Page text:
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Detention Centres in Assam: The Current ‘Home’ for Nationeless People

Written By: Pema Bhadra
Guwahati, India
Photo Credit: Pema Bhadra

A lush green field. Gentle bridge mixed with drizzle. A river flowing in the backdrop washing the feet of the hills. Everything around is so fresh, so green…. Ideal place indeed for a weekend trip. In fact, setting up a resort here won’t be a bad idea.

Now, the feel-good factors end up here. Yes, a big complex is being built right there with multiple-storied buildings. But it’s not a resort, it’s a prison. A prison biggest in its class. World’s number two in status. The name we call it is ‘Detention Centre’. Goalpara Detention Centre to be more specific. This is going to be the ‘Home’ for the stateless, nationless people of Assam. The 19.06 lakh plus people whose names did not appear in the NRC Final List (though Home Commissioner Ashutosh Agnihotri clarified that this final list of NRC cannot be called as Final NRC, as the Final NRC can only be published by Registrar General of India) are now waiting for the speaking orders (the certified copy mentioning the reason for being out of the list). Most of them will fight a legal battle to prove their citizenship probably for the last time and eventually, probably several lakhs of them finally would end up there in the detention centres like the one being built in Matia area of Goalpara District.

The irony is that many female daily wage earners working as construction labors at the site are themselves out of the NRC final list. Sarojini Hajong was carrying sand on her head and some rods in hand. One of the contractors of the raw materials, Mr. Chandan Kalita stopped her on my behalf and said, “Sir has some questions for you.” Reluctant and agitated Sarojini asked, “Will this repeated questions and answers by well-dressed, big-city journalists bring us justice and peace of mind? Can you ensure that my name will be included in the list after this interview got published or aired? Otherwise why am I being harassed and disturbed in the name of interviews, quotations, tv bites and what not?”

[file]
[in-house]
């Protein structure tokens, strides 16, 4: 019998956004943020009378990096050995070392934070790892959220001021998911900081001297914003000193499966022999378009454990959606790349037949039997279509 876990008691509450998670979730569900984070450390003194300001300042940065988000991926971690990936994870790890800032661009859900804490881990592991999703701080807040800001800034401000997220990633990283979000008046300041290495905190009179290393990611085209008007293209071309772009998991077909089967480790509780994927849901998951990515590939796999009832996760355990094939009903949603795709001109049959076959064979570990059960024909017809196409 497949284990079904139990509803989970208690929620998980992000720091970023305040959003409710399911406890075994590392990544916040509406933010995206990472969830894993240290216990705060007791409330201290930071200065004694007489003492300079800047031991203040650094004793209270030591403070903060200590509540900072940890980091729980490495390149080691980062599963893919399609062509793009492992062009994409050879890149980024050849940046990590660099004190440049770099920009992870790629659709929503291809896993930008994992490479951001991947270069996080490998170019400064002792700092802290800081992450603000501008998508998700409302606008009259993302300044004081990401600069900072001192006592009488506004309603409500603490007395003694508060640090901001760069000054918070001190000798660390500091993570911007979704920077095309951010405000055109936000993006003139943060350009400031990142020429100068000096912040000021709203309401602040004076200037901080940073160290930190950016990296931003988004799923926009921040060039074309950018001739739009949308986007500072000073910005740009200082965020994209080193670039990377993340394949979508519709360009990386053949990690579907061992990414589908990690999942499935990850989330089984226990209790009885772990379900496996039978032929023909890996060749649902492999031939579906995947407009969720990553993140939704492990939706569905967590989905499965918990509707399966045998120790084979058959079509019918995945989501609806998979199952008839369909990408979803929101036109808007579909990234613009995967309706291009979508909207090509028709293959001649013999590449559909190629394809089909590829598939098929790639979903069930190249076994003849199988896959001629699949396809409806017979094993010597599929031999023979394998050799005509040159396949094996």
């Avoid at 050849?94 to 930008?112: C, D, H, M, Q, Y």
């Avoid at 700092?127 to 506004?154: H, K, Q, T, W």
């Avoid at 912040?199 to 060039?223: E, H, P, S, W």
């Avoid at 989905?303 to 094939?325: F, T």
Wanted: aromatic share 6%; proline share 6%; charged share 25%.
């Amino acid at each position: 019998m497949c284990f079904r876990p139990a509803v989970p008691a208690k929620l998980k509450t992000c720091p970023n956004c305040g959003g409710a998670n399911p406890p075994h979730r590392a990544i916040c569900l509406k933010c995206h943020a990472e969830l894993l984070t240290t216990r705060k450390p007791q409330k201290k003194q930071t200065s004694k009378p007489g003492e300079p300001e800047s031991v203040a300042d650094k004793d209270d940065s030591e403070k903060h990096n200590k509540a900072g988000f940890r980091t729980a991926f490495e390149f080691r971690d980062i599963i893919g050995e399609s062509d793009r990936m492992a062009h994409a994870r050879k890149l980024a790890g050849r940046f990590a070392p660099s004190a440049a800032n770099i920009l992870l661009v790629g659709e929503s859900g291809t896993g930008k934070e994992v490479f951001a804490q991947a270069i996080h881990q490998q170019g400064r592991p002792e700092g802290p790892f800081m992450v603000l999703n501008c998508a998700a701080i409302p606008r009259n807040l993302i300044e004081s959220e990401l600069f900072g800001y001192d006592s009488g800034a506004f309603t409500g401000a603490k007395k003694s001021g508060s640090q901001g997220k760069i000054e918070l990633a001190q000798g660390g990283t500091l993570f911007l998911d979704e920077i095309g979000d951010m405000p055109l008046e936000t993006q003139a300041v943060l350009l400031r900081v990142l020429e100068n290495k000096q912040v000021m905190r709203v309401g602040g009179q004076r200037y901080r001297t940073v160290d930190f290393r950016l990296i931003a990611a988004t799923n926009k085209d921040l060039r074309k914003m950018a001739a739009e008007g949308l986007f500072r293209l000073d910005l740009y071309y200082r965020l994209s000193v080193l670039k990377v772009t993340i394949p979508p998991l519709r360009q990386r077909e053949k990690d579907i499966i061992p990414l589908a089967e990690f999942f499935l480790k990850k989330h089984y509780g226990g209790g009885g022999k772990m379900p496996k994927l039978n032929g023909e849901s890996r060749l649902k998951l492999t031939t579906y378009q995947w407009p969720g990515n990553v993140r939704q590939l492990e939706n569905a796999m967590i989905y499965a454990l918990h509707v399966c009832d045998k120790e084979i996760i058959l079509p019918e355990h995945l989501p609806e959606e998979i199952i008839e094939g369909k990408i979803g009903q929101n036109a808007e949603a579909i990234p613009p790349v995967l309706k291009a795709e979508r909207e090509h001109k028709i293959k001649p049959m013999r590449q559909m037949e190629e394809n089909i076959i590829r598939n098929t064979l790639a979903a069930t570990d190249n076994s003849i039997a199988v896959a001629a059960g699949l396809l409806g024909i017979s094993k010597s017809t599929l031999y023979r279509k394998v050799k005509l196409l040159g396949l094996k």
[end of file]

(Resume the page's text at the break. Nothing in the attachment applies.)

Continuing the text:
There are many more Sarojinis, Namitas, Sefalis, Prabhatis working day and night to complete the prison which would eventually be their nests. Sarojini said, “We make jokes among us on this. We are choosing our favorite sides, cells etc. The big kitchen cum dining hall is almost complete. Even we discuss the menus of the future when we would be imprisoned here only. But come it may, this Rs.250 per day wage is a big thing for us. although the male workers are paid Rs. 300 per day.”

Several others like Ajanta Hajong, Saraswati Hajong, Mamata Hajong and Pratima Biswas of the villages are in fear that they would end up being “jailed” at the facility that they have been constructing.

Daily wage earners working at construction site

The day construction work of this Detention Center started, Mamta Hajong and her husband Amit came up with their tea-stall just in front of it. And the business idea just clicked. Amit was saying, “That was in November 2018, some strangers arrived at the site, cleared the jungle and cabbage field. One day, I saw a group of laborers reaching the site with CGI sheets, bamboos and other construction materials. I thought the industry was coming up. I decided to open this shop.” The flow of laborers, officers, reporters kept on increasing and the tea-stall is now a medium-size rice hotel. But unfortunately, on 31st August NRC Final list was released keeping his wife Mamata Hajong out of it. Though Amit and his children, and his parents are all included in the list.